A Fort Leonard Wood captain helped repatriate the remains of a Vietnam-era Soldier whose only connection to him is they are Soldiers from the same Missouri town.

Capt. Ryan Ball escorted the remains of Sgt. Rodney Griffin to their hometown of Centralia, Missouri, April 23; more than 45 years after Griffin completed Basic Combat Training at Fort Leonard Wood. A memorial service was held in Griffin's honor April 25 at Centralia High School.

Ball, who just graduated from U.S. Army Military Police School's Captains Career Course, was asked by Griffin's widow to assist with returning her husband's remains.

An honor guard from Fort Leonard Wood served as pallbearers at Lambert-St. Louis International Airport. It was the Family's wish to have local friends and the Centralia Veterans of Foreign Wars conduct the 21-gun salute, pallbearer duties and flag folding at the service and graveside.

Griffin was assigned to the Headquarters and Headquarters Company, 2nd Battalion, 34th Armored Regiment, 25th Infantry Division.

He was declared missing in action May 2, 1970 when the UH-1H helicopter, in which he was a passenger, was forced to land from ground fire in Cambodia.

"I did not know Rodney," Ball said. "But we are connected because we come from the same hometown and donned the same uniform."

Griffin graduated from Centralia High School among a class of 84 seniors in 1968, while Ball received his diploma in the school's same gymnasium 34 years later. Following high school, Ball joined the Army and was assigned to the Old Guard, 3rd Infantry Regiment, from July 2003 to July 2006, where Griffin's legacy continued to be an inspiration to him.

"In my early years, I learned about Rodney only by asking about the story of the street named in his honor," he said. "When I was later stationed in D.C., I went to see Rodney's name on the Vietnam Wall. It wasn't until I began training at the Tomb of the Unknown Soldier that it came full circle for me."

Ball said that his duty was performed in memory of Griffin and Soldiers like him every day.

"Rodney was my inspiration to keep pushing," Ball said. "Each day was in honor and remembrance of Rodney and to every other hero out there who has not yet returned home to their Family and loved ones. To have this Soldier identified is so personal to me."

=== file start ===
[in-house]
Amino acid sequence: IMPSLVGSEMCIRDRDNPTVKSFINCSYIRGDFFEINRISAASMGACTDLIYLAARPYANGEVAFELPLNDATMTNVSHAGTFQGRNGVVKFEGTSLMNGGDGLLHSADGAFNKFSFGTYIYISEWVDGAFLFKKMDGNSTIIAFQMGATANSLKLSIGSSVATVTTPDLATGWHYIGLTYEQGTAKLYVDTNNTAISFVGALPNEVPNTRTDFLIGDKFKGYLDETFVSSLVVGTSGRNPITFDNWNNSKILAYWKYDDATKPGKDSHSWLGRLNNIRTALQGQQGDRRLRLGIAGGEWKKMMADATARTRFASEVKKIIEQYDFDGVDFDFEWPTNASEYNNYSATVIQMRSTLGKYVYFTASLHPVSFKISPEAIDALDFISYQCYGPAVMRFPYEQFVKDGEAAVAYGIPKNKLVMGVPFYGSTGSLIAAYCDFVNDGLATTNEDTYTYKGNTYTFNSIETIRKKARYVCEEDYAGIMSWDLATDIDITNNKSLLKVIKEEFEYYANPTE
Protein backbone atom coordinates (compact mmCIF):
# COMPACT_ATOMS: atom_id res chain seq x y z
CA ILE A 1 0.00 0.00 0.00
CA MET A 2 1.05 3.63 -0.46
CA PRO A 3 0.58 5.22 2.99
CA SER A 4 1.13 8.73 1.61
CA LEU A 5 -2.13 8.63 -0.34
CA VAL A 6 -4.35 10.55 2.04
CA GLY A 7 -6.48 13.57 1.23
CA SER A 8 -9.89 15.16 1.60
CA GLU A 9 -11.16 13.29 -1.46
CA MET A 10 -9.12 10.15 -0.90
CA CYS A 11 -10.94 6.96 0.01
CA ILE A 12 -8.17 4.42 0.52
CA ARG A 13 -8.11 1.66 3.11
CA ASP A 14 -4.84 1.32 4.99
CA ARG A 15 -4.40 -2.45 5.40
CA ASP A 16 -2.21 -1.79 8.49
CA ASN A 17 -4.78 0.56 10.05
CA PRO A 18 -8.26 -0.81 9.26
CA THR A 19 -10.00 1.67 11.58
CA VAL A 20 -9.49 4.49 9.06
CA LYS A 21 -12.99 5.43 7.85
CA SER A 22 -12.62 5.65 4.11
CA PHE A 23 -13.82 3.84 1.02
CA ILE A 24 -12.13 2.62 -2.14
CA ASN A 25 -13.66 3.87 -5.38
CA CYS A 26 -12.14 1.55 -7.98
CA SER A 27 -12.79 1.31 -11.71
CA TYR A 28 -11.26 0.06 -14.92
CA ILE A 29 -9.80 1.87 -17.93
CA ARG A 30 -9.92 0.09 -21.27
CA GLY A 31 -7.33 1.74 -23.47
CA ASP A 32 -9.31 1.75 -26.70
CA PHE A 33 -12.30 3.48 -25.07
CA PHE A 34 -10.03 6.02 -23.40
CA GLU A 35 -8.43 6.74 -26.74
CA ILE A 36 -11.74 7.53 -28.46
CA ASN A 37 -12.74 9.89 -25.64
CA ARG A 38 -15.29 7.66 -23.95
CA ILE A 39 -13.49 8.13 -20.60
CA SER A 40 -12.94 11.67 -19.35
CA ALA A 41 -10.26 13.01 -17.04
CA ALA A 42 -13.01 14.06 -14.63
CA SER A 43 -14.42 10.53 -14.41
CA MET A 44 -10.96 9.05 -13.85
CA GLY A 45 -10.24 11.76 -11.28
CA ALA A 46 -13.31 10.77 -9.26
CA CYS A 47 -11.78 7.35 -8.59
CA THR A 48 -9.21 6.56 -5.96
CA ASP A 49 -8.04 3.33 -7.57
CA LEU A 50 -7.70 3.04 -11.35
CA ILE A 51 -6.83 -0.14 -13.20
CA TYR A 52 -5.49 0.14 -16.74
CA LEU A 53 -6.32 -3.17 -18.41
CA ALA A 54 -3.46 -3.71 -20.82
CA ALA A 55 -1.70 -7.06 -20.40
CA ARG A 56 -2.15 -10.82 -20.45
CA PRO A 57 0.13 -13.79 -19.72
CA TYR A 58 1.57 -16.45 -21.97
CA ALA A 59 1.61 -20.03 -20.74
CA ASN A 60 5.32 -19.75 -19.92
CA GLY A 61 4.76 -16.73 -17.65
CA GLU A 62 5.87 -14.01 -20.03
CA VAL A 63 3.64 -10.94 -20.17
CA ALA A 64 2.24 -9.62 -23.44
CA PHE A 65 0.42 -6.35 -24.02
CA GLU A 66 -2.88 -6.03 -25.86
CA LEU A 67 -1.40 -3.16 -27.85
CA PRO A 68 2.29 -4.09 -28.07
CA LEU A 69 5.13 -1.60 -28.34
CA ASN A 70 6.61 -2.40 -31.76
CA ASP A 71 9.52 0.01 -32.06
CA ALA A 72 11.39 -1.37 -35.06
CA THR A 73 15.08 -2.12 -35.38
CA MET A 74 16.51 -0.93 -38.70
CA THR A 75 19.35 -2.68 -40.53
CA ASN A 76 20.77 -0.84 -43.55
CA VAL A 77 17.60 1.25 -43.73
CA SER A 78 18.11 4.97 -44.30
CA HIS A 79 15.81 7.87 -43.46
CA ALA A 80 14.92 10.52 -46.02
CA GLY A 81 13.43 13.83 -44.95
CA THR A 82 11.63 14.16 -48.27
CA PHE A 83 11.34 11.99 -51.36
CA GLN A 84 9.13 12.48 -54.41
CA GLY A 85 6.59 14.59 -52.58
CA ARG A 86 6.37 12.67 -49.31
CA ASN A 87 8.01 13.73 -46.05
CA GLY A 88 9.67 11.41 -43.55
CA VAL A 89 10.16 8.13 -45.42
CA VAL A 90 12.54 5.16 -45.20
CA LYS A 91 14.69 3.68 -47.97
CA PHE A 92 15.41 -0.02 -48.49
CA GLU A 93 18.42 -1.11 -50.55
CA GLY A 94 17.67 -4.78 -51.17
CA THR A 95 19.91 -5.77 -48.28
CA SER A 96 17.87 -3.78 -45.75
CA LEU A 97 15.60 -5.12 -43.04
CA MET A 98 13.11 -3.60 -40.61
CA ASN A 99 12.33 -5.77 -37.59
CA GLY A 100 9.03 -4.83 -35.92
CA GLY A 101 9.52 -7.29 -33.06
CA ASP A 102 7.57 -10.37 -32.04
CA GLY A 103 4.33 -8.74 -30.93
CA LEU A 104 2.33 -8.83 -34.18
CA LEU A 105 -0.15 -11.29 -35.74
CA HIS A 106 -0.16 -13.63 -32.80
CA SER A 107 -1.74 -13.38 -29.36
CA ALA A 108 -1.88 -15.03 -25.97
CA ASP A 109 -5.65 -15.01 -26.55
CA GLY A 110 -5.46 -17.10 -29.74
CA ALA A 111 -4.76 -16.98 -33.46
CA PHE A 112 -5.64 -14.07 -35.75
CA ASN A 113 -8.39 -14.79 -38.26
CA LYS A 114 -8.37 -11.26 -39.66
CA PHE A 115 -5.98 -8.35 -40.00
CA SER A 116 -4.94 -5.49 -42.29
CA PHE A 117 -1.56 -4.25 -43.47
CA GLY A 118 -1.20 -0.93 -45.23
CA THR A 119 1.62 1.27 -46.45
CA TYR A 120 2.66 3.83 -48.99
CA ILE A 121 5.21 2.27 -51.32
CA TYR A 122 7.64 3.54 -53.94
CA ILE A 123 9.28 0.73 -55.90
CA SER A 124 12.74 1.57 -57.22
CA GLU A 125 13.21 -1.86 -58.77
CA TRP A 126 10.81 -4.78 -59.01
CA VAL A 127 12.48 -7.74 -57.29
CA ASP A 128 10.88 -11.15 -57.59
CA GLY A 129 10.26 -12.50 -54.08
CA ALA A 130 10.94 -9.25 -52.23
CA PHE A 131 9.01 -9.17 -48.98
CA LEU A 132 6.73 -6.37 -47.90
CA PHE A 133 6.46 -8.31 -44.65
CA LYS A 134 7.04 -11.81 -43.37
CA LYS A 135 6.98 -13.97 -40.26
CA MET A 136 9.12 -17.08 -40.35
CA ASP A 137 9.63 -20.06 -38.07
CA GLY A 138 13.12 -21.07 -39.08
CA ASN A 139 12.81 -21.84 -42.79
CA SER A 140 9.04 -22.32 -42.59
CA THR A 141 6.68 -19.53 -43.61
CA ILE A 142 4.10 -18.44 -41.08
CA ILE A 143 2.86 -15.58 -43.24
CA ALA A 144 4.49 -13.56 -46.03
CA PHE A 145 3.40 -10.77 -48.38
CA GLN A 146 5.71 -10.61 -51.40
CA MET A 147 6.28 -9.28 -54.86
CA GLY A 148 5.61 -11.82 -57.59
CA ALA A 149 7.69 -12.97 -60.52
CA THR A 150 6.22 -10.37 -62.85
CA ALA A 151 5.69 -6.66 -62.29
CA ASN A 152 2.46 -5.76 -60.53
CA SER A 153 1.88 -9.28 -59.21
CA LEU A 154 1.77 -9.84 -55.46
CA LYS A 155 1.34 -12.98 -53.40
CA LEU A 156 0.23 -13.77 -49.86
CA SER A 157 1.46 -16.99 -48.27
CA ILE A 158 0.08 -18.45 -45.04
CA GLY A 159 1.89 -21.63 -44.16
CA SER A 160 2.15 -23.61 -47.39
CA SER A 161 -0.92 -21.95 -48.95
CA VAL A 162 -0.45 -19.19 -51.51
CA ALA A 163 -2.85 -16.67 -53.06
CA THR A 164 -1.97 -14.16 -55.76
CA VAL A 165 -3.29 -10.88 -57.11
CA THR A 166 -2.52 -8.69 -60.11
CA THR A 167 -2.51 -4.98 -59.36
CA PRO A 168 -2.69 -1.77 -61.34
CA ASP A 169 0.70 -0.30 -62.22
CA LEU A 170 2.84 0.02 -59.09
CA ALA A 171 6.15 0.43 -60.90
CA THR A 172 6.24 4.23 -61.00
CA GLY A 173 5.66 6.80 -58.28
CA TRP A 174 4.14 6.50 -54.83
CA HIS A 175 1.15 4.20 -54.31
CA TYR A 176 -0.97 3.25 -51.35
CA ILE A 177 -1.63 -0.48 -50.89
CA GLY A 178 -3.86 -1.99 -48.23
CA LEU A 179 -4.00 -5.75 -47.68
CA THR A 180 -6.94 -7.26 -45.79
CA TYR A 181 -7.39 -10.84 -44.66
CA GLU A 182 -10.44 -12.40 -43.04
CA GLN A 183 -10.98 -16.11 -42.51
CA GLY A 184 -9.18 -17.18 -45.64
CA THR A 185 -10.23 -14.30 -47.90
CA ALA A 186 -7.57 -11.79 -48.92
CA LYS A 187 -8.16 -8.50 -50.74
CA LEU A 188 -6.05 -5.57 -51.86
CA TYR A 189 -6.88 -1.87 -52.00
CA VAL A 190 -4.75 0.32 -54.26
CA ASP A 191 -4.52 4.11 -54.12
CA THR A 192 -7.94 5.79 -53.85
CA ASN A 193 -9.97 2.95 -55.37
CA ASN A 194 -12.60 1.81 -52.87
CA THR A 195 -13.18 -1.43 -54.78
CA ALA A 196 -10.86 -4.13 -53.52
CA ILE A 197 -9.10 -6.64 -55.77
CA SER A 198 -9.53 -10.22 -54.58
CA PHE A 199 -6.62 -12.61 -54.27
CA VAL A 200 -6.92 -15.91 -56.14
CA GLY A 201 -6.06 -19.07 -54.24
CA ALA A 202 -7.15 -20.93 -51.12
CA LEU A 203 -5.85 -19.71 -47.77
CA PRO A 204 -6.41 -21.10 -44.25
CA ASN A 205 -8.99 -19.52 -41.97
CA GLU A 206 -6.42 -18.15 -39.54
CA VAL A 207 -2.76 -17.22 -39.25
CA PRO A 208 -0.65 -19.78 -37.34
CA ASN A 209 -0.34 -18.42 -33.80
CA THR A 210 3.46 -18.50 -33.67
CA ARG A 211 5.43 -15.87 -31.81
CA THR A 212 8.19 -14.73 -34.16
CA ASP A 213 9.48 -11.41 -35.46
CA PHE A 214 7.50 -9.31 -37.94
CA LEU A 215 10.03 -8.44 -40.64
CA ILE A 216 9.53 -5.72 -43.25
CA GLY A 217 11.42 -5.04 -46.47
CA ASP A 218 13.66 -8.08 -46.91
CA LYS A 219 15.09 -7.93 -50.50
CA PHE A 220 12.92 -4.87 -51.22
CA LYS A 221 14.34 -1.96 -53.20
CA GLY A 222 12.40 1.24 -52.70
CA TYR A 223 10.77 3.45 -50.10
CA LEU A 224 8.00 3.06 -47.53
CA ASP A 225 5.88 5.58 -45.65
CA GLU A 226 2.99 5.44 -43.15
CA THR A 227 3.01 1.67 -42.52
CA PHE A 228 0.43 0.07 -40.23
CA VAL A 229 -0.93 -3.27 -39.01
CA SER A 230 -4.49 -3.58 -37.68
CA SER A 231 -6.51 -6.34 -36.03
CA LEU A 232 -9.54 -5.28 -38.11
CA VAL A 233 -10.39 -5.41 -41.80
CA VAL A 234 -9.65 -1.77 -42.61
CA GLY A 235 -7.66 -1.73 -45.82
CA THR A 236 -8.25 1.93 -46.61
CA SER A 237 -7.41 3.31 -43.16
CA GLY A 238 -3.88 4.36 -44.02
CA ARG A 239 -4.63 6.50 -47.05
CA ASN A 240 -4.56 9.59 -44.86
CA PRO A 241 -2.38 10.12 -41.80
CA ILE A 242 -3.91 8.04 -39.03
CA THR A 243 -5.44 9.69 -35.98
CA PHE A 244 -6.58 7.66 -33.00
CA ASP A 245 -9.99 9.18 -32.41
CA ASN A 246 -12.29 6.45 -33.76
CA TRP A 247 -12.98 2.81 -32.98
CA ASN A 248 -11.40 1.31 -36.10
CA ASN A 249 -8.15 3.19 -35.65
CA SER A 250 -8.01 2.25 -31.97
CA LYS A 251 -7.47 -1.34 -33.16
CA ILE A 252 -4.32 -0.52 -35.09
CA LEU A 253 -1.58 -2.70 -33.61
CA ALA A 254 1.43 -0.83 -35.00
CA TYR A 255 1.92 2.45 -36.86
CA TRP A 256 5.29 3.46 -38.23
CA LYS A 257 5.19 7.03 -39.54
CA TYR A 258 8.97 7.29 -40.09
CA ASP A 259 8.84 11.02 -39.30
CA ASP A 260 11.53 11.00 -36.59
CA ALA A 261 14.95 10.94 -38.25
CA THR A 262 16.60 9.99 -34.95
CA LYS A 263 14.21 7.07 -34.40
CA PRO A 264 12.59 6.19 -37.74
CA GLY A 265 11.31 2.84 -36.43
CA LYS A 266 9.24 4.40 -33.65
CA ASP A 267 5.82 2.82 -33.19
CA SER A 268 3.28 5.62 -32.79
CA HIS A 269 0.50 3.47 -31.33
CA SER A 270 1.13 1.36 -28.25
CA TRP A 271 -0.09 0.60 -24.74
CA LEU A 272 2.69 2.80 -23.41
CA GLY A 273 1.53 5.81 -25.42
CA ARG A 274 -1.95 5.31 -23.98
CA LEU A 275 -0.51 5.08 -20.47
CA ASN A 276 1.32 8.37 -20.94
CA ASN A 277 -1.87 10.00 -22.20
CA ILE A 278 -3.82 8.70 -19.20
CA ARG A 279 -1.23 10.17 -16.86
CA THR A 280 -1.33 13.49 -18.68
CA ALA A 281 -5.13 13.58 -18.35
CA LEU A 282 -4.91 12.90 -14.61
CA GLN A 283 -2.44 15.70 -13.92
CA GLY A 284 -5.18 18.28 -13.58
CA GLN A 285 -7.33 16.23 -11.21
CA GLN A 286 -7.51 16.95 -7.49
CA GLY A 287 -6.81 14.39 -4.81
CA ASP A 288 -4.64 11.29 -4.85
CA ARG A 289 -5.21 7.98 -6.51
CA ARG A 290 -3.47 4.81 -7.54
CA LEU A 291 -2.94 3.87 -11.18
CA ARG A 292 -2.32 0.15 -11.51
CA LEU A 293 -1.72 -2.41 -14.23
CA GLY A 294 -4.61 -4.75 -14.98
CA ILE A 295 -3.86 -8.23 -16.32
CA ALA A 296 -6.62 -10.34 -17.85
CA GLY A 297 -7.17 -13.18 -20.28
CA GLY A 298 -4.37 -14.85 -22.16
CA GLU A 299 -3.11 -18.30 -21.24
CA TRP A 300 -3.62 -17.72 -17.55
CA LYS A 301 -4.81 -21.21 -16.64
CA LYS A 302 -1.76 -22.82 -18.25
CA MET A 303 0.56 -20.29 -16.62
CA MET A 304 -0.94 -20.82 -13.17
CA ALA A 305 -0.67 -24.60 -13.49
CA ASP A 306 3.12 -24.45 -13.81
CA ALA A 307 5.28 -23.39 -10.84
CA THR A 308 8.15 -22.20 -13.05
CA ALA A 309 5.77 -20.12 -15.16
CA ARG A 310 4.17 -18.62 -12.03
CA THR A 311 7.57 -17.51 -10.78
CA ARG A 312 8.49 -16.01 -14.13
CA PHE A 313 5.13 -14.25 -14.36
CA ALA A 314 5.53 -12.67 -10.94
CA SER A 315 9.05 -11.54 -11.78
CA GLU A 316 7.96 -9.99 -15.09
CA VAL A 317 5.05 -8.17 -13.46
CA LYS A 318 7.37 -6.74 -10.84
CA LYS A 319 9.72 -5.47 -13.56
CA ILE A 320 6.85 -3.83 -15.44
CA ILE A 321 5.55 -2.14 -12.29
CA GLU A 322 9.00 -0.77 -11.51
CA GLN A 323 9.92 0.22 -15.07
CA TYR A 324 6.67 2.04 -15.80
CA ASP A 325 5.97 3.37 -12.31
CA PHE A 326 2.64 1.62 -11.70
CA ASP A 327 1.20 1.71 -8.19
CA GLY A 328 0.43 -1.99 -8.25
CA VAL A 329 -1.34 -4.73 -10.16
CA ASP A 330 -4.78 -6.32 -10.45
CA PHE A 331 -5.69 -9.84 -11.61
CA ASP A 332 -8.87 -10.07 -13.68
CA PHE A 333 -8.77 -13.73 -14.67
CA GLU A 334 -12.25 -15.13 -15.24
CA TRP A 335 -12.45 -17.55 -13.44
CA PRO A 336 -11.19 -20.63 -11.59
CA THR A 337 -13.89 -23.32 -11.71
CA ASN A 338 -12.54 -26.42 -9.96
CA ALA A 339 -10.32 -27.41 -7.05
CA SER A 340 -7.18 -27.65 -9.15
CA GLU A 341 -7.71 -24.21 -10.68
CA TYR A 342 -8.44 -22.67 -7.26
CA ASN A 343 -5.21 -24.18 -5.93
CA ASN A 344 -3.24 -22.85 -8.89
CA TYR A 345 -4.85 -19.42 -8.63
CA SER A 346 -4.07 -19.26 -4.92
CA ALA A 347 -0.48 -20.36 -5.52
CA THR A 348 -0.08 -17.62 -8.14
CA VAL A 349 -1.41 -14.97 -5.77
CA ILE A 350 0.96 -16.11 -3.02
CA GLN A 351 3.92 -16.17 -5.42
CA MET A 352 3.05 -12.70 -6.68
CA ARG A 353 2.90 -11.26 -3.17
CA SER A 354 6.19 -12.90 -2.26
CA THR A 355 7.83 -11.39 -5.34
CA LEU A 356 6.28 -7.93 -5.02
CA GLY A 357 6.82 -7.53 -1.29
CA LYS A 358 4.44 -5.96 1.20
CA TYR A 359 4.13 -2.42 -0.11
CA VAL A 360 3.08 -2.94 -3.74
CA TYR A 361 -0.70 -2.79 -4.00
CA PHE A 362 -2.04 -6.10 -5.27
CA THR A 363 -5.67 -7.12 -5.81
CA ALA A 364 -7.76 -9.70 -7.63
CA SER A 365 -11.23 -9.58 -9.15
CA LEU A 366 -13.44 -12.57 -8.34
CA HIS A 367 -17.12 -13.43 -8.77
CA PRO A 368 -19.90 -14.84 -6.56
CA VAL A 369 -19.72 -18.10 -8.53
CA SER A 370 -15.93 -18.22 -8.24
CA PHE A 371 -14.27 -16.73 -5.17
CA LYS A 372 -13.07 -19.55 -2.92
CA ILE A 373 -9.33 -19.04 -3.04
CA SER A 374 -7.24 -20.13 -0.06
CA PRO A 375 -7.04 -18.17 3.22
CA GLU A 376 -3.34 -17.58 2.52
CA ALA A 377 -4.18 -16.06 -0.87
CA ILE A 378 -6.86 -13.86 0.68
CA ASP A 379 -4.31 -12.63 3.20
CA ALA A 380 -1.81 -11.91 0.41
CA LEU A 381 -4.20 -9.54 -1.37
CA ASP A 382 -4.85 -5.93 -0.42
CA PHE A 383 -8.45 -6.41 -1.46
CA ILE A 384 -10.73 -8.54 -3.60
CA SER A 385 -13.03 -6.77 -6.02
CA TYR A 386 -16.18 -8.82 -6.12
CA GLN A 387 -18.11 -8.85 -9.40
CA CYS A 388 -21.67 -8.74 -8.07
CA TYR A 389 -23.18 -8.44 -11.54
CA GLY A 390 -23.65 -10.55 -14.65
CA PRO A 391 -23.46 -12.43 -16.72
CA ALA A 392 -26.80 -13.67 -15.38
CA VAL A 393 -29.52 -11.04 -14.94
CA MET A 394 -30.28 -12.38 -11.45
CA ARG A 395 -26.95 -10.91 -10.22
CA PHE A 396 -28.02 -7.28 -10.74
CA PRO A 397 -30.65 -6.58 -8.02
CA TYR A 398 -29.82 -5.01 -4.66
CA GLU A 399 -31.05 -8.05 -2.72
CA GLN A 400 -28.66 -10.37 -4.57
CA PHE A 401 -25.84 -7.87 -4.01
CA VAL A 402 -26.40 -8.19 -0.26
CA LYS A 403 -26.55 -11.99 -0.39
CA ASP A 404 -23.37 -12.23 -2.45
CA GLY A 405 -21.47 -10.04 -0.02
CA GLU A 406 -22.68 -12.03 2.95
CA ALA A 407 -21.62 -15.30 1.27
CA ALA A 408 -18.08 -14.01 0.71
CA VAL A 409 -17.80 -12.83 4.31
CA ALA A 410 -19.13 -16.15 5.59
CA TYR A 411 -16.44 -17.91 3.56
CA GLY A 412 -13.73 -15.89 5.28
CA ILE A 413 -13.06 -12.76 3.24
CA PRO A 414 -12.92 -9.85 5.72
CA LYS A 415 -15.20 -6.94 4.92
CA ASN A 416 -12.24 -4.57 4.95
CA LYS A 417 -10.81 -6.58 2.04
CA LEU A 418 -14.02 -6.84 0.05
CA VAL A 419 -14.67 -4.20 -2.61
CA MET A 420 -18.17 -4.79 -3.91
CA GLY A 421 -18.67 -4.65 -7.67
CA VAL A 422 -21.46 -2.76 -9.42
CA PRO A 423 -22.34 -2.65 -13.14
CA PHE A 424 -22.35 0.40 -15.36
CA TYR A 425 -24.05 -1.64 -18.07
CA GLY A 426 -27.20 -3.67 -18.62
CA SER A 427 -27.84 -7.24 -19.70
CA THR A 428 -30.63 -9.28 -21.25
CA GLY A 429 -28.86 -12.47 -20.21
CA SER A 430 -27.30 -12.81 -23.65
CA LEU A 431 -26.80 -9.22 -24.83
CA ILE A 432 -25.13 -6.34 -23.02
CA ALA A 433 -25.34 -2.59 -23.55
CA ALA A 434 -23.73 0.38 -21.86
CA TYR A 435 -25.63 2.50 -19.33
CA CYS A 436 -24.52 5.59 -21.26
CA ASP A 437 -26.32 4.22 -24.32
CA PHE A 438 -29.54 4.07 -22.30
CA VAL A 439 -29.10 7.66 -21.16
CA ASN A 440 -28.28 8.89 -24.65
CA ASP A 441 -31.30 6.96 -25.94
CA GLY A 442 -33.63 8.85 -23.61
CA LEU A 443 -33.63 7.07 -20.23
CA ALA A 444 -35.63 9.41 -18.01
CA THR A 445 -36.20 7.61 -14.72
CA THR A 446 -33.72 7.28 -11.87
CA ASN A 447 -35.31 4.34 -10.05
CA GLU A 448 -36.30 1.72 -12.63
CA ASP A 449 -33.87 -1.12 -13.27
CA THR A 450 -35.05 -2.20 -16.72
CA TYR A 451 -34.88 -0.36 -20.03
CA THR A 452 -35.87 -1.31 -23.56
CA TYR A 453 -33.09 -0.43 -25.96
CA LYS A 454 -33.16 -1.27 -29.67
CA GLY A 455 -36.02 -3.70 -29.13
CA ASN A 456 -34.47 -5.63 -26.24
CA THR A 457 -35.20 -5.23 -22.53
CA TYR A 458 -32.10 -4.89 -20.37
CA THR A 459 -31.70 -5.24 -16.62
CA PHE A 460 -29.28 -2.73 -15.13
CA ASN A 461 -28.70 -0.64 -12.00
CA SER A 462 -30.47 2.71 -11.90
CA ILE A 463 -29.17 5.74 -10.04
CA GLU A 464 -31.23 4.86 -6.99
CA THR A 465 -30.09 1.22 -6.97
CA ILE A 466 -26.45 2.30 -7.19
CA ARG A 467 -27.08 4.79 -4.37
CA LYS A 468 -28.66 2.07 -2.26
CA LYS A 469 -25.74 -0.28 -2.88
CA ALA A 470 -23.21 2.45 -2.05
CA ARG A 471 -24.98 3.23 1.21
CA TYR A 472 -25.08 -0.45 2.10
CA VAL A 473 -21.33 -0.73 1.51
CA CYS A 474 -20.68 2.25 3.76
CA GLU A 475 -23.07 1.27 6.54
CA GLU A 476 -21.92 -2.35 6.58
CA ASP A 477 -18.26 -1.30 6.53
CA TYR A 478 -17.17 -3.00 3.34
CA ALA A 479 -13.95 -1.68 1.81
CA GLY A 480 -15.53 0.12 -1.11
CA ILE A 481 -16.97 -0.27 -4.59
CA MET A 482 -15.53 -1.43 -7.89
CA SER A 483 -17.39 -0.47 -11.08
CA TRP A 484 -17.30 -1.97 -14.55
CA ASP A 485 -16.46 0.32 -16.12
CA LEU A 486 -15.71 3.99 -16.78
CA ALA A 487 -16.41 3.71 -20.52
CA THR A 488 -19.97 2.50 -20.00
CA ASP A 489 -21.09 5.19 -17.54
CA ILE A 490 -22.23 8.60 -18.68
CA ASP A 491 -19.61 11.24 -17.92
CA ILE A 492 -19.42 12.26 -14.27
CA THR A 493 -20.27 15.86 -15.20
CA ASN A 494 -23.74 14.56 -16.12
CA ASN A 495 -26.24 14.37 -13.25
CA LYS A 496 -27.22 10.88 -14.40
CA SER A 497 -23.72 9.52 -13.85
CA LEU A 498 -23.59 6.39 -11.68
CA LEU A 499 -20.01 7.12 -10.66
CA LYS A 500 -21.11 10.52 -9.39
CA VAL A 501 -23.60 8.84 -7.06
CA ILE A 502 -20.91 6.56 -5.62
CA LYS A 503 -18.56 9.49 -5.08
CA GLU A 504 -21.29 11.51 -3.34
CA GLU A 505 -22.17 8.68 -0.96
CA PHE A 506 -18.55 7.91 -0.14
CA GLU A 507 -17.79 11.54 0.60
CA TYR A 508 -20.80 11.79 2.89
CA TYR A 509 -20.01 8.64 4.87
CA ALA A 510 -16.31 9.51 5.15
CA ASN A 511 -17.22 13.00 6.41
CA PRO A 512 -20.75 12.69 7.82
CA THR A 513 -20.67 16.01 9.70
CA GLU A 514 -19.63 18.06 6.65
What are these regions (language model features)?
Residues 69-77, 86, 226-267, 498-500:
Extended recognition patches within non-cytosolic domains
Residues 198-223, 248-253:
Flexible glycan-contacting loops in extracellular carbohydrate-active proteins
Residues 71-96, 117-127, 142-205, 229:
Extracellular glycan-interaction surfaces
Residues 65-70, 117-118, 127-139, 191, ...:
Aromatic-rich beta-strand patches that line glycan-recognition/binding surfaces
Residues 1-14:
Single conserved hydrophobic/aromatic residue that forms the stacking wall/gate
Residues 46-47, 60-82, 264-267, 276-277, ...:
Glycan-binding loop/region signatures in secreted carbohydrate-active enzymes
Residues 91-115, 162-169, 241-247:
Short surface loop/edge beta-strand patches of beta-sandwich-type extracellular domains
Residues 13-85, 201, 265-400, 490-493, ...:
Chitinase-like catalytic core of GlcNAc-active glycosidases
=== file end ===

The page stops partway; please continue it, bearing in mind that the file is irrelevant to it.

Our creed, our solemn promise is not an empty one, he added.

"Until it was finalized, you never wrap it up," said Griffin's wife, Donna. "This was more emotional than when it actually happened, because you're numb and in disbelief and you're still waiting. So now for this to happen 45 years later is like it is not real, and everyone knows that it's a reality. Everyone was able to participate and know the outcome and know that he's back where everyone wanted him in this little town."

Veterans from all over came out of the woodworks, organizations and Families too -- it is the closeness of this town -- the Families stick together, Donna added.

"Today was a wonderful day for our Family and friends. Seeing so many young people with the flags and patriotism just warmed my heart, and I am very humbled," Griffin's brother, Darryl Griffin, said. "Thank God Rodney is home, finally. At least we know where he is at. My parents are gone. My older brother is gone. I was kind of the last man standing. It's a bittersweet day."

Darryl said he and his Family attended many update meetings over the years to locate his brother.

"I would tell anybody who has a Family member missing to give their DNA so that they can identify in case something happens to their loved one," he said. "Thank God we have people out there who do that. They don't give up. We don't give up, either."

"Our Family thanks everybody from the bottom of our heart for bringing my brother home," Darryl said.

"People were showing me their MIA (Missing in Action) bracelets today, and I got mine out, because I hadn't worn it for quite a while," Donna said. "Now we can put them away or put them in a remembrance, because we don't need them anymore. We never dreamed that it would, but hoped that it would happen. It can happen."

The memorial service was followed by a private graveside service at East Lawn Memorial Cemetery in Mexico, Missouri, where Griffin is interred. More than 1,000 people gathered at the high school and thousands lined the streets from Centralia to Mexico to welcome Griffin home.

"I want people to remember him as a real person," said Sherry Medley, Griffin's classmate. "He is more than a statistic and more than a number. Rodney remains frozen in time, young and good looking. He did not get to come to class reunions, and I'm sure he would have been there. Instead, he served his country and made the ultimate sacrifice."

Ball has set up a fund for Griffin's Family through the Centralia VFW Post 6276 at www.gofundme.com/nlvqgk, to offset the Family's travel costs, build a memorial or for the Family to attend a second memorial service, which is slated to take place in Washington, D.C., later this year.